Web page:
Disengaging the clutch.

I’m now the proud owner of a 1981 Kubota B7100. This 30+ year old tractor came to me after several years’ worth of hope, 6 months of searching, and a rearrangement of money that made just the right deal possible at just the right moment. I still beam and almost clap my hands when I think about the way it all worked out, the deals I turned down because they weren’t “right,” and the way this one did work out.

You could say, though, that this deal didn’t work out “perfect.” The tractor came to me with a problem with the clutch. I went ahead and bought the tractor with the problem after negotiating the price down by the amount we expected the repairs to cost. Fair enough. It’s a 30 year old tractor, with a loader, with a mower, with 4 wheel drive, and even with a pretty good paint job and very little rust… you’re going to have to do SOMETHING to the thing. Thing is, 1 day after getting the tractor back, the problem started all over again. What they’d fixed was not the problem… or something else was causing to re-occur. So here my tractor has sat for over a month, waiting on a local guy to come fix it, but he’s of course busy with the REAL farmers right now. So I wait. And wait. And wait.

But then I stopped waiting. And asked a mechanic friend if he thought WE could do it. And he did. What scared me the most about doing it myself was that “myself” part. And now that’s not there. Now it’s “we.” But that’s a side story. What I’m writing about today is the clutch. Disengaging the clutch.

My first car was a manual transmission, so I learned to operate a clutch early in life – over 20 years ago, I guess. The thing is, I never knew how one worked until now. You push the pedal, gears release, you move to another gear, and put everything back under a load. Easy enough. Yeah, there are parts that wear out from friction or overuse, but what actually goes on inside, I never knew until recent exploration on my own and explanations of a good friend.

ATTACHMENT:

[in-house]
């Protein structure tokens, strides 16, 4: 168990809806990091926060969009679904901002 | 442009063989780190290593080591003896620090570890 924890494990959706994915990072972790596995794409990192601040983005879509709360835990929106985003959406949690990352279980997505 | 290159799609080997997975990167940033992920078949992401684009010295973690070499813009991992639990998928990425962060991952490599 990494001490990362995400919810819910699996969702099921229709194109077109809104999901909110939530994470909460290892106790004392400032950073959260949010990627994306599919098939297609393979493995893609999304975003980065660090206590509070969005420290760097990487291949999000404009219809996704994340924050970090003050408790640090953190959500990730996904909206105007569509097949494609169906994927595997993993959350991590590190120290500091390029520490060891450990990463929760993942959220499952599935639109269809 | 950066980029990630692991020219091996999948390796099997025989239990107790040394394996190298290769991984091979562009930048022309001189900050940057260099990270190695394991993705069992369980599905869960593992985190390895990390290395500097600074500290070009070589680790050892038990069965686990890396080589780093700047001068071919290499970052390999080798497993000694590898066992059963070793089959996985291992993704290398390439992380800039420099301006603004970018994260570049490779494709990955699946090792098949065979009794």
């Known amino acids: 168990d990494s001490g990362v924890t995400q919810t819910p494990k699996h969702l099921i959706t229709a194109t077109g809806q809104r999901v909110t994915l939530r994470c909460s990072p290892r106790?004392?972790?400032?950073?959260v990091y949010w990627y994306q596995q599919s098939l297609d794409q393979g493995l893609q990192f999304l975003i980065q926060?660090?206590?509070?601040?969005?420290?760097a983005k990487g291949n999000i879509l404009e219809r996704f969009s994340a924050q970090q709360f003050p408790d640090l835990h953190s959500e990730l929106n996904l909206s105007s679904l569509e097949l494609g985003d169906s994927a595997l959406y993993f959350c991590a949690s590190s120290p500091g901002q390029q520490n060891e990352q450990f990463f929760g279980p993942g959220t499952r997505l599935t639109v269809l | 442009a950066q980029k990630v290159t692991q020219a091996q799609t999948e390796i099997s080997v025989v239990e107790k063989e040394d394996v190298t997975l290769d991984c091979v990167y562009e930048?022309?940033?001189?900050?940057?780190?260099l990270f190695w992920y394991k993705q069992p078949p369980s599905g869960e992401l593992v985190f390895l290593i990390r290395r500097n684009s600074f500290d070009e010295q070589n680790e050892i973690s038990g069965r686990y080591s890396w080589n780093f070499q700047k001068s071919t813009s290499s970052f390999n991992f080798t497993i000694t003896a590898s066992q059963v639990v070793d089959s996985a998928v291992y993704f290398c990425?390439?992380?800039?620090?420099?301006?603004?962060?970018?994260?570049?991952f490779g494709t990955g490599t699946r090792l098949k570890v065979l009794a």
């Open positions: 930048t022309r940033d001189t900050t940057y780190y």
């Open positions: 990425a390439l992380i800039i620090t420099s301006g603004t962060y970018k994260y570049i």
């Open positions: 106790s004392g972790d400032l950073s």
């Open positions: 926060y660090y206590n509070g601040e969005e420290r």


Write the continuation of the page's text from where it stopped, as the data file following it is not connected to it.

You see, to DISENGAGE a clutch, you actually apply PRESSURE to the pedal. You push, and something pulls away. Now that I’ve seen the internal components (and will soon see them actually all connected up when we work on the tractor), I see how it works. You push the pedal, it pushes it’s way through some linkages to this bearing (I’m still learning what a bearing is), and it in turn pushes against this plate, which by some force of nature causes springs to pull the friction plate of the clutch away from the flywheel, setting your shaft and gears free of the load. It’s actually quite simple.

So what’s that mean for me?

I have a hard time disengaging. I go at full speed for hours, days, and months, and then when I try to shift gears, it’s like I don’t have a clutch. I either can’t get into the lower gear to enjoy life for a bit, or I grind life to pieces in the process. I forget to find, and to use, that “something” that will act as a clutch in life, giving me time to release, to be in neutral, and THEN to shift into a new gear and slowly reapply the pressure of what drives life.

[As I write this, I know it’s not all neat and complete. This is a bit rambling. But it’s putting into words what I’m walking in life, which feels much the same.]

On a side note, my tractor doesn’t have synchronizers (I think that’s what you call it). In a car (where you have these), you can shift from one gear to another with the clutch disengaged and not stop your motion. Not so in a tractor. You’re supposed to come to a stop, shift gears, and THEN start back up again. This allows the gears to line up properly without having to do so on the fly.

Again… such is life. Sometimes you can’t shift from HI to LOW while moving at MEDIUM. Sometimes you have to come to STOP – to NEUTRAL – before you can reengage.

Hmm… good stuff here. Glad I woke up early to write and listen to the rain fall. I’m glad I get to take Monday off to work with a friend and split my tractor in two to work on something I’m not familiar with. I’m glad.

I’m also thinking it may be about time to disengage for more than a day. Maybe when the kids go to Pennsylvania to be with their grandparents we’ll do something special. GO somewhere we can’t work. Go somewhere where nature speaks, where the stars pour out wisdom.

I like that idea.

 

 

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